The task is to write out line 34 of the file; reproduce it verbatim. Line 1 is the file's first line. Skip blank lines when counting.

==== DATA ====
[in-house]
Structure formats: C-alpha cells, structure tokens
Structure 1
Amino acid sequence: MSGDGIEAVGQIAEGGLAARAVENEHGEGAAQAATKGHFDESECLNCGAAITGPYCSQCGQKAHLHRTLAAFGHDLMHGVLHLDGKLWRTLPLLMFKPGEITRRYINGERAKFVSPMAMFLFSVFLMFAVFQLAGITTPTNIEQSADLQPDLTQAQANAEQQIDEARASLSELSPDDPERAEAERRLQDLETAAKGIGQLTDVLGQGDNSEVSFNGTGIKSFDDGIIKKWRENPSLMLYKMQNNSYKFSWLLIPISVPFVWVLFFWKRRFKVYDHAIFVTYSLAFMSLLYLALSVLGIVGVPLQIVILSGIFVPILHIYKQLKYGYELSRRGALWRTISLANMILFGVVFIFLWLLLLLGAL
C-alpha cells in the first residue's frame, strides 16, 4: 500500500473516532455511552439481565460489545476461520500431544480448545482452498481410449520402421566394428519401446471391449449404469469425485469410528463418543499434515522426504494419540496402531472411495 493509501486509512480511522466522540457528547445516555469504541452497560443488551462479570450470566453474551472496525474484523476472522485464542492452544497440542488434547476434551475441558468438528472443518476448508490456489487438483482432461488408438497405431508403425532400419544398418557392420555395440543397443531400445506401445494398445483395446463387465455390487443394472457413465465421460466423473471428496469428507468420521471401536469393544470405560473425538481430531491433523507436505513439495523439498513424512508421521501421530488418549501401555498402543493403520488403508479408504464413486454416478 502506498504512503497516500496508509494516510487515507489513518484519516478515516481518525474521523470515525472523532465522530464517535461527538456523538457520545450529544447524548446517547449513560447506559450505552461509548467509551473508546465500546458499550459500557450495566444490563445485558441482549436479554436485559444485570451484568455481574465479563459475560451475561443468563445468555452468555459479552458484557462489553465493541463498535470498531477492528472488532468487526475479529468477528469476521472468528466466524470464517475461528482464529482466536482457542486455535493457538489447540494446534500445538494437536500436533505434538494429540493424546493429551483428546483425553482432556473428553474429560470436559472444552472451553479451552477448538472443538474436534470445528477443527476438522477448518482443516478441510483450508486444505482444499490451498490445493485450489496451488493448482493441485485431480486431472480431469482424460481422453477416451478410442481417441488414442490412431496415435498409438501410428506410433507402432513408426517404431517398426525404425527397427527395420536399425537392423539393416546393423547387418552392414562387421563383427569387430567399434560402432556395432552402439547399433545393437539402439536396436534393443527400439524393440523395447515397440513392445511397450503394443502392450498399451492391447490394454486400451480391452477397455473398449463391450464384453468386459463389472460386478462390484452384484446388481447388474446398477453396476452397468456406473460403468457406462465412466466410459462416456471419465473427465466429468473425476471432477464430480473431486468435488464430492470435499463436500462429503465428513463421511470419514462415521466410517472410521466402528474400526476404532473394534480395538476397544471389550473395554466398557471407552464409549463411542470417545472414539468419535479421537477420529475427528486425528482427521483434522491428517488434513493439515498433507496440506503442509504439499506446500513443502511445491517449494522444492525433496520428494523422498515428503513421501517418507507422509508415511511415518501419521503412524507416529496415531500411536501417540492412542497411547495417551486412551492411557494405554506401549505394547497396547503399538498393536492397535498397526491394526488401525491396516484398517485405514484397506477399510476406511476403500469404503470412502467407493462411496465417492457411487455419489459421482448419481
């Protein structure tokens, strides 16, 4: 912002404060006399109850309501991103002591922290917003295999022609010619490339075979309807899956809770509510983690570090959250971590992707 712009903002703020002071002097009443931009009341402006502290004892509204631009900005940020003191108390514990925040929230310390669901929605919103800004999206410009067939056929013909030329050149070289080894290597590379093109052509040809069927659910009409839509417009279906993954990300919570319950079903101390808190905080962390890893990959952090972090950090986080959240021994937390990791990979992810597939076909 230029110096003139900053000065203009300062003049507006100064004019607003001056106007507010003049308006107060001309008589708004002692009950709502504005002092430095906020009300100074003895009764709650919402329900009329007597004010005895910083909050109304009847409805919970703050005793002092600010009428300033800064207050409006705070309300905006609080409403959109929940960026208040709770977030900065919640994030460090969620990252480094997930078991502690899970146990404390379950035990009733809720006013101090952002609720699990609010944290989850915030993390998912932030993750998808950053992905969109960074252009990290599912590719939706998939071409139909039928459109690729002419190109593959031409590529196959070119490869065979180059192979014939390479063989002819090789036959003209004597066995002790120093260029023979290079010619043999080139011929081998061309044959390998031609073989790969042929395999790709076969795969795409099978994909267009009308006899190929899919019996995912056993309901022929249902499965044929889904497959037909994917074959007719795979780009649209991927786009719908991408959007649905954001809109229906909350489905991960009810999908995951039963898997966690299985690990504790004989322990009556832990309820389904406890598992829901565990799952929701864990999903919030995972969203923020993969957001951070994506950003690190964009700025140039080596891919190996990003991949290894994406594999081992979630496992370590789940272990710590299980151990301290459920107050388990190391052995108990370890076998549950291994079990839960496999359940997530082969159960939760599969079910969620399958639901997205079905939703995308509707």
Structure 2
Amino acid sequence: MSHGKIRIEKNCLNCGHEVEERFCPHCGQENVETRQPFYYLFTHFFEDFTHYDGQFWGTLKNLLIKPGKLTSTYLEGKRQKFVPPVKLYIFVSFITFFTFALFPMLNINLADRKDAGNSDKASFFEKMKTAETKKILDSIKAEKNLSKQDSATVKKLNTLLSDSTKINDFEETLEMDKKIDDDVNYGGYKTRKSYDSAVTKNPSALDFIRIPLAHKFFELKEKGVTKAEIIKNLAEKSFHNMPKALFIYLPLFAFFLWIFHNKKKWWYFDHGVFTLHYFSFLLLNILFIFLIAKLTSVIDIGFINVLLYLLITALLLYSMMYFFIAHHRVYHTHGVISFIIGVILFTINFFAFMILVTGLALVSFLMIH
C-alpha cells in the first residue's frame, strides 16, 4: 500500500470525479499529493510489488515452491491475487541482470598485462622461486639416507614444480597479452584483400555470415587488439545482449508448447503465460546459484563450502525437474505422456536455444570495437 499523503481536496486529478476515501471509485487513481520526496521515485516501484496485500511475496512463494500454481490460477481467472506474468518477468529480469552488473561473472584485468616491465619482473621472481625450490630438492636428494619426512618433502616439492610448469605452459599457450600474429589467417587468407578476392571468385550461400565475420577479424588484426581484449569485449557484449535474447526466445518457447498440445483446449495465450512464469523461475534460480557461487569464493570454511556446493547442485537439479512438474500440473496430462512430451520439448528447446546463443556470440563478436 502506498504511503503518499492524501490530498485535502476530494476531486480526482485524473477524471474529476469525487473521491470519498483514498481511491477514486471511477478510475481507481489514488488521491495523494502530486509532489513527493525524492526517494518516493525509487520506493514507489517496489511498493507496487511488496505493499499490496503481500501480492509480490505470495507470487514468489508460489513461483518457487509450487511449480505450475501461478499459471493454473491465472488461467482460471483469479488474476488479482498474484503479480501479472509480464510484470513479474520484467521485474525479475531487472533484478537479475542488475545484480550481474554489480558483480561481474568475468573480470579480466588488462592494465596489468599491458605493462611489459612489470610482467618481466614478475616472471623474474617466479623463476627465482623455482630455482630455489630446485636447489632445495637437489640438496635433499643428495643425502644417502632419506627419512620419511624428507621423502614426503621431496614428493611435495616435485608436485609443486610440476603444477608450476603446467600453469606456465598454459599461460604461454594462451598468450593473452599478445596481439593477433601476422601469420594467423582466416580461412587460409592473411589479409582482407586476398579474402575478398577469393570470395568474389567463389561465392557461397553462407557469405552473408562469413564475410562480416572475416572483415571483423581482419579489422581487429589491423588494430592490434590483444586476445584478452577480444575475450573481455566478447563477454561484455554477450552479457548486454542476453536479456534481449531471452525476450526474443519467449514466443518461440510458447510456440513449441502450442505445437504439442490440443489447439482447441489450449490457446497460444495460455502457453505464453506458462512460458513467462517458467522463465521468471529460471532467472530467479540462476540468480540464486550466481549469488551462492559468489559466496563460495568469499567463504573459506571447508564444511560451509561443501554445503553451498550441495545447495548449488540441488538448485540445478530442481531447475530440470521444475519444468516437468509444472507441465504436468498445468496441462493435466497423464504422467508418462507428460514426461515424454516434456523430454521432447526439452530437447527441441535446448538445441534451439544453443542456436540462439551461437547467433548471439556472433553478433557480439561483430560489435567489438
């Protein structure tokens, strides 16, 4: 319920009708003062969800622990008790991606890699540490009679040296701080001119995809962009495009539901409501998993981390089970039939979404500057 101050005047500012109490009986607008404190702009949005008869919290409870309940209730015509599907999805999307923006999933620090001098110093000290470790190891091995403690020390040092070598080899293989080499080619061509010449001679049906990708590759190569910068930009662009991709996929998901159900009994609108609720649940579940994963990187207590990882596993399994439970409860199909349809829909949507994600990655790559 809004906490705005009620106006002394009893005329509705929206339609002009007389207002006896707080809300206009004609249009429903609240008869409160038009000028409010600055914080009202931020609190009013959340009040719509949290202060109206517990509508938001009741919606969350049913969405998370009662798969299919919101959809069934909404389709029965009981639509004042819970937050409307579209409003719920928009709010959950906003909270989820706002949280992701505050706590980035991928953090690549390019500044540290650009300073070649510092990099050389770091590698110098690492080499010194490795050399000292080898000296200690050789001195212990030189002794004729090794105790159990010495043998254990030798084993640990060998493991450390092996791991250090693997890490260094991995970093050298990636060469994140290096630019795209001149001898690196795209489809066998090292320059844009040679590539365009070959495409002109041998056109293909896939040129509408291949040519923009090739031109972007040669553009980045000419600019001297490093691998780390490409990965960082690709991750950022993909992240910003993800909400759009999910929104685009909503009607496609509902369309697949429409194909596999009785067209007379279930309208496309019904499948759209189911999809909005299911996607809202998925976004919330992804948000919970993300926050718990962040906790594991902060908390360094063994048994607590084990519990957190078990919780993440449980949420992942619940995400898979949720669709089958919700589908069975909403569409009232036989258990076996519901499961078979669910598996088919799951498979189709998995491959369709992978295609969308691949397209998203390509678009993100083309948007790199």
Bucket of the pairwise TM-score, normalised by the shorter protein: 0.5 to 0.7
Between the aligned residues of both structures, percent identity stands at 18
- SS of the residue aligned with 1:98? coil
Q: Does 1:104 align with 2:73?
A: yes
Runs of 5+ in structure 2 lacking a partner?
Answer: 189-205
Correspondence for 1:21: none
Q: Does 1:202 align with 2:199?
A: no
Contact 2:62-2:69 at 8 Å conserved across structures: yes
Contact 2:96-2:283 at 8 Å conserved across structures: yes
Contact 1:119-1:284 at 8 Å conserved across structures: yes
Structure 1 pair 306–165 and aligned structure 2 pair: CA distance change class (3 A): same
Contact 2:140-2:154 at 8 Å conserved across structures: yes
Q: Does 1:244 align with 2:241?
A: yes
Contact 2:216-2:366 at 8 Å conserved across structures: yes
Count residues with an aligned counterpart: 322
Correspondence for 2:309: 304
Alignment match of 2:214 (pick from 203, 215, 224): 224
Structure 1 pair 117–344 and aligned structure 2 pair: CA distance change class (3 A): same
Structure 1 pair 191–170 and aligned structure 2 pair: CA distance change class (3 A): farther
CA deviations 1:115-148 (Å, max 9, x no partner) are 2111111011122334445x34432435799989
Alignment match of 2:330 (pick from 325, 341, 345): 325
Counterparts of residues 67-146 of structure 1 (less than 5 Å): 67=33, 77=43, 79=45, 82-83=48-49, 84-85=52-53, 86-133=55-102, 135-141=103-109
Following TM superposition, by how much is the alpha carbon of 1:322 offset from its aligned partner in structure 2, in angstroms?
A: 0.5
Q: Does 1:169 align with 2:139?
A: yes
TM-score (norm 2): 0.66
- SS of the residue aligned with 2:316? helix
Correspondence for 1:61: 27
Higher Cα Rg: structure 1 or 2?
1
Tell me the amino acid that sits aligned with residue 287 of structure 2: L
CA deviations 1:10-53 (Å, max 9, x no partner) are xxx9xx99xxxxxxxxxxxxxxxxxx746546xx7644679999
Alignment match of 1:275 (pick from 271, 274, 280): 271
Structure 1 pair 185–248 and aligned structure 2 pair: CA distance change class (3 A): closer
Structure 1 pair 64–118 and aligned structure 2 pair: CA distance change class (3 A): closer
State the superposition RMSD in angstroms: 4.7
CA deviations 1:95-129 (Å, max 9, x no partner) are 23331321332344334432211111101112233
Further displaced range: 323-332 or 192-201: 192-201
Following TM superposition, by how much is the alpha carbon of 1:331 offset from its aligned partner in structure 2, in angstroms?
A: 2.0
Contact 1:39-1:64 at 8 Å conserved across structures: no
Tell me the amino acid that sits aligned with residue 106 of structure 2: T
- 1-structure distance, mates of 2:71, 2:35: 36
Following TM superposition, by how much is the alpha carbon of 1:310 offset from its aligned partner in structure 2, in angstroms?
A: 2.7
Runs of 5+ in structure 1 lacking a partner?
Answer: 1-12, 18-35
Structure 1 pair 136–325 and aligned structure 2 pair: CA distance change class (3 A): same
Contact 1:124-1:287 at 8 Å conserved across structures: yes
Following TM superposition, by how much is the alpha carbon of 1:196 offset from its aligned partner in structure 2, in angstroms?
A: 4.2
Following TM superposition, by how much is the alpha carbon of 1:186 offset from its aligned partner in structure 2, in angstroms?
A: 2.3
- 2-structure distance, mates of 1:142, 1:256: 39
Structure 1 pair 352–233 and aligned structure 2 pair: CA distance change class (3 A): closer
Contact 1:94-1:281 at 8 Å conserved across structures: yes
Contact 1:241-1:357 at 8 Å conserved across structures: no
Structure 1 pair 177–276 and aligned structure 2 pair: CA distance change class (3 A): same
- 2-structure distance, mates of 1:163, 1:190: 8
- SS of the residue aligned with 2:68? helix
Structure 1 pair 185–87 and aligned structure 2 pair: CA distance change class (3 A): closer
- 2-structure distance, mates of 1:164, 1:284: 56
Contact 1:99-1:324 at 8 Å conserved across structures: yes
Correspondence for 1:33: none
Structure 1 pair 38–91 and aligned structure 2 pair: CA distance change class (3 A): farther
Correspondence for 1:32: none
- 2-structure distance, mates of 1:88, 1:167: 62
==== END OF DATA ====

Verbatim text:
CA deviations 1:115-148 (Å, max 9, x no partner) are 2111111011122334445x34432435799989